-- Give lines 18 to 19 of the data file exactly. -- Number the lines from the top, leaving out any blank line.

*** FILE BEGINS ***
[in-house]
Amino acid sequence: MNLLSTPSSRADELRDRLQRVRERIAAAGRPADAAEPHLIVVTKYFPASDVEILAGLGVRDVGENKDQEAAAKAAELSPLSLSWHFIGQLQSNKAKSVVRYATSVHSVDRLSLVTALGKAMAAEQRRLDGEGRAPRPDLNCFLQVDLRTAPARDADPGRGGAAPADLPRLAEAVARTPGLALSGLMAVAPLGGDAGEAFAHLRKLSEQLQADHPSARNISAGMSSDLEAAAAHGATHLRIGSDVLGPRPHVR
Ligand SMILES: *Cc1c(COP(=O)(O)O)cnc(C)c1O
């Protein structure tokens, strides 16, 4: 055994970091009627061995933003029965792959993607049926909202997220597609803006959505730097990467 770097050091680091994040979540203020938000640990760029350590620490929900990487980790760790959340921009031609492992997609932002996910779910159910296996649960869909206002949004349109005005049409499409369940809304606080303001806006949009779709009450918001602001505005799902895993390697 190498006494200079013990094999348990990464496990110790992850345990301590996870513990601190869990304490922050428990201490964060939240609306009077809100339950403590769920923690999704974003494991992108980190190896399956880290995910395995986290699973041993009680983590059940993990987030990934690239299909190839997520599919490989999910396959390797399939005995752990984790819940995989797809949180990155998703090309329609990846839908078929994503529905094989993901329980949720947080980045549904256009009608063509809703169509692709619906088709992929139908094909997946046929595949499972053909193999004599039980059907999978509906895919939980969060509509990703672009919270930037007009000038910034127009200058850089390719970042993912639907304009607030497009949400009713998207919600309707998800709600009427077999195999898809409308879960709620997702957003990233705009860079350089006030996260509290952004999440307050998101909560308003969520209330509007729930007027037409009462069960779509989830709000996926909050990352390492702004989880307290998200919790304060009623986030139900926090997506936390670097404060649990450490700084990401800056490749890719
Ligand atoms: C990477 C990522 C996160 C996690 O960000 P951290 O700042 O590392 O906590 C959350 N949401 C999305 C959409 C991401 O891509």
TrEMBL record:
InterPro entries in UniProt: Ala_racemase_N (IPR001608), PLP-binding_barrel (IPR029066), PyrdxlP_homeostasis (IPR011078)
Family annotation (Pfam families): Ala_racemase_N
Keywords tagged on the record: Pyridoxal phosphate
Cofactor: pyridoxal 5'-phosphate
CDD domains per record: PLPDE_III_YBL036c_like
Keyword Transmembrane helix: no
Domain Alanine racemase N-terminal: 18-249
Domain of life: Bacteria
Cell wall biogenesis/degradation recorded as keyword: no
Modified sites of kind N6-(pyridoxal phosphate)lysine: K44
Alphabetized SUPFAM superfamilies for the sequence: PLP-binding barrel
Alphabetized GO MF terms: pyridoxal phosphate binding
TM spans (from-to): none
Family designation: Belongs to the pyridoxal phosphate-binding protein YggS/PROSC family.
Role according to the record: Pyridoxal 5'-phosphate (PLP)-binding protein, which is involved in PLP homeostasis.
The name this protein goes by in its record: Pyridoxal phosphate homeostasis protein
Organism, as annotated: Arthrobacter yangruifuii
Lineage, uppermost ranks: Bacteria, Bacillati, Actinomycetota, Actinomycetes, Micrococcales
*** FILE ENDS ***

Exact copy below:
Alphabetized GO MF terms: pyridoxal phosphate binding
TM spans (from-to): none